Study: Macomb County Jail needs to expand, adapt
By Julie Snyder
Posted May 19, 2017
MOUNT CLEMENS — A national consulting firm told the Macomb County Board of Commissioners that the county jail needs some improvements if it wants to keep up with projected population increases.
Jim Robertson, of Voorhis/Robertson Justice Services LLC, and Macomb County Sheriff Anthony Wickersham on May 11 presented findings from the study that was approved by the Board of Commissioners last year to assess the needs of the jail and the entire criminal justice system in the county.
“If you do nothing and the county continues to grow and admissions continue as usual, in 2040 you could need 750 more beds,” said Robertson.
Robertson and his consultants pitched recommendations, including new annex floors with 274 new beds, and the hiring of an additional 29 correctional deputies and 19 staff members.
In the first part of the plan — the top two recommendations — which was completed at a cost of $240,000, Robertson said the jail and the criminal justice system need to create a centralized intake and processing facility where all arrestees are booked and processed.
He said the cutting-edge facility would provide a process to determine the public safety and personal risk of each individual, provide the appropriate space to manage the risk levels of each individual, and provide the appropriate staffing levels 24/7 to support those tasks. The county jail also needs to fund a full-service pretrial services program.
“The Macomb County Jail is a full-service jail,” Robertson said. “But your current facility has deficiencies for trying to manage human behavior and inmate behavior today.”
Wickersham said the cost to implement the recommendations is unknown, but he expects to have a cost estimate by the end of the year.
“Our goal is to develop the most safe and effective jail to manage public risk and supervise inmates that are remanded to the care and custody of the Sheriff’s Office,” he said.
“We need to determine hard costs,” he said, after which he will return to the Board of Commissioners with his findings.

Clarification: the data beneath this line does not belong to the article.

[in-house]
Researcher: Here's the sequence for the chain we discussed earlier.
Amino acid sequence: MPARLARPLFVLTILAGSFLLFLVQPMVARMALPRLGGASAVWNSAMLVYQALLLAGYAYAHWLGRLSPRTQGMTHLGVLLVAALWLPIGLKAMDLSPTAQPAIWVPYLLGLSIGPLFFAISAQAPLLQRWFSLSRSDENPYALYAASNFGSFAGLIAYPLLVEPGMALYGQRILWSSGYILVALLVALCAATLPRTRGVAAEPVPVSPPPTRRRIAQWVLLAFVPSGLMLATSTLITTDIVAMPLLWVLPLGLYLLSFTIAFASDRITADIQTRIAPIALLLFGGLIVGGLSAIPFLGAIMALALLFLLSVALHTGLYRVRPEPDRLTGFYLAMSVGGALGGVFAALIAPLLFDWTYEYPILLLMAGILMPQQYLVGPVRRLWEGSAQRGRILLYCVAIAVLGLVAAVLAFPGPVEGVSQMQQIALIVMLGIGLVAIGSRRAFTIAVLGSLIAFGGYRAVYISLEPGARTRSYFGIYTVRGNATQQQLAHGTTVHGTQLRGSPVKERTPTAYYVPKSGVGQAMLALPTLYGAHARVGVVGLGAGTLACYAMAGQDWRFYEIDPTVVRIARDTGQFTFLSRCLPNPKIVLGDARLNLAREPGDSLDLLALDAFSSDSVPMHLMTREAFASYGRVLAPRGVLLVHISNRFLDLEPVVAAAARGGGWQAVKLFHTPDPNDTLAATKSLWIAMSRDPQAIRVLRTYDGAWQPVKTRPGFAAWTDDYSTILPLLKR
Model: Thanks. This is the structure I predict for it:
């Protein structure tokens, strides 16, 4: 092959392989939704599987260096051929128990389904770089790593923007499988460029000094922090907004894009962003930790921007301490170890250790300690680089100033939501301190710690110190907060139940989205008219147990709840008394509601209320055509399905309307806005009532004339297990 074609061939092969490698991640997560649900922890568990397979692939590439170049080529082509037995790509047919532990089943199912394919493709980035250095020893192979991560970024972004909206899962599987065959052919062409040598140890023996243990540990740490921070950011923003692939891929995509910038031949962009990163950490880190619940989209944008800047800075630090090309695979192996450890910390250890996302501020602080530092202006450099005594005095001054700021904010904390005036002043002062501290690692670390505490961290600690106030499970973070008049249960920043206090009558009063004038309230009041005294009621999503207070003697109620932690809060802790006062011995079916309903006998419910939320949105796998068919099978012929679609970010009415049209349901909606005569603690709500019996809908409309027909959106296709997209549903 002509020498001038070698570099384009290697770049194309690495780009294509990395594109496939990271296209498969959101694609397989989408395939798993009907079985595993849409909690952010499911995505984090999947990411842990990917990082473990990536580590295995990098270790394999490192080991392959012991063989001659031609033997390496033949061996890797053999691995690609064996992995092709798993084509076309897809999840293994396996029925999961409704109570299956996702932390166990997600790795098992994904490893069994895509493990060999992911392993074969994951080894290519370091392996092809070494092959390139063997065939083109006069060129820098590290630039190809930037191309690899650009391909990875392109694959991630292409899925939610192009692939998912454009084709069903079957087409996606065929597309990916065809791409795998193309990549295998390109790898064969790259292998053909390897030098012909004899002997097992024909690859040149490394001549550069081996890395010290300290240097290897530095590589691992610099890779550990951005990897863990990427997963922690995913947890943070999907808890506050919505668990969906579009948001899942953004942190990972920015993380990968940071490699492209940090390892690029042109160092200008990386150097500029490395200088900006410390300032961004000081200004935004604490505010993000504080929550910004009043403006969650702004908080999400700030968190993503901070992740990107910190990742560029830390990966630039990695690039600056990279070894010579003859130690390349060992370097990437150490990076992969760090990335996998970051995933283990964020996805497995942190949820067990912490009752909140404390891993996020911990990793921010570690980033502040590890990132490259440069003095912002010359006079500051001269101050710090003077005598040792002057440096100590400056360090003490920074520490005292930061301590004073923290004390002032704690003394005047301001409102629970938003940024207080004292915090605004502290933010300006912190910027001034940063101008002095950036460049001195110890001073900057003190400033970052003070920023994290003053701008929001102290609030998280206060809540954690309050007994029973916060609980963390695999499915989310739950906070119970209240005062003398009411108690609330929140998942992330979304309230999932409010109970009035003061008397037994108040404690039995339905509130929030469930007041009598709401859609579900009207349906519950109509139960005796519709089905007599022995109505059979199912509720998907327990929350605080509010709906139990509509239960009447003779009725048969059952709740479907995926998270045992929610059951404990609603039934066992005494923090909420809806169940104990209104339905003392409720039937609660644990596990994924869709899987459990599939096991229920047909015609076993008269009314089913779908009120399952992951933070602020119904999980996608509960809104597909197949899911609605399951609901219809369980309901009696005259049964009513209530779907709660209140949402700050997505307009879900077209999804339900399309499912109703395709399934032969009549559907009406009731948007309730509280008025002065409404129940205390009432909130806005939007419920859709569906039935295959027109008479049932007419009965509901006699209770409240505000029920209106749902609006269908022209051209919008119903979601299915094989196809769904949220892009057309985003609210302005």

His office also needs to identify funding sources, possibly through a bond or millage, as well as long-term personnel costs.
If the county doesn’t implement those top recommendations, it would likely need 2,457 jail beds in the future. The jail currently has 1,438 beds, 200 of which were cut years ago in an effort to save money.
This has resulted in a number of overcrowding emergencies in recent years. Wickersham said the Macomb County Jail had at least a dozen overcrowding issues from 2001 to 2004, which resulted in a similar study in 2005. There were overcrowding emergencies declared in 2013, 2014 and 2015, resulting in the release of nonviolent offenders.
The sheriff said that of the 1,200 inmates there daily, about 70 percent have drug- or alcohol-related problems.
Commissioner Robert Leonetti wondered “if we didn’t do the central intake system, we would be forced to spend a lot of money almost developing a whole other jail, in a sense, to house the beds that we would need.”
“What’s important to recognize is there is no zero-cost option,” said Robertson, a former longtime corrections officer. “You will spend money one way or the other … to manage the jail population.”
He concluded with saying that he hopes the study won’t fall to the wayside.
“It is intended to be a tool for the county,” Robertson said. “Not everybody is going to agree with what’s in that report, but there’s always room for conversation and discussion. I hope it doesn’t sit on a shelf, that the county embraces it. We hope that you embrace it and go forward.”
About the author
Staff Writer Julie Snyder covers Harrison Township, Mount Clemens, Macomb County, L’Anse Creuse Public Schools, and Mount Clemens Community Schools for the Journal. She has worked for C & G Newspapers since 2003, and attended the University of Toledo with degrees in journalism and photography. Julie has received several awards for her work in Arizona and Washington, including AP awards in Arizona for breaking news reporting and feature writing.
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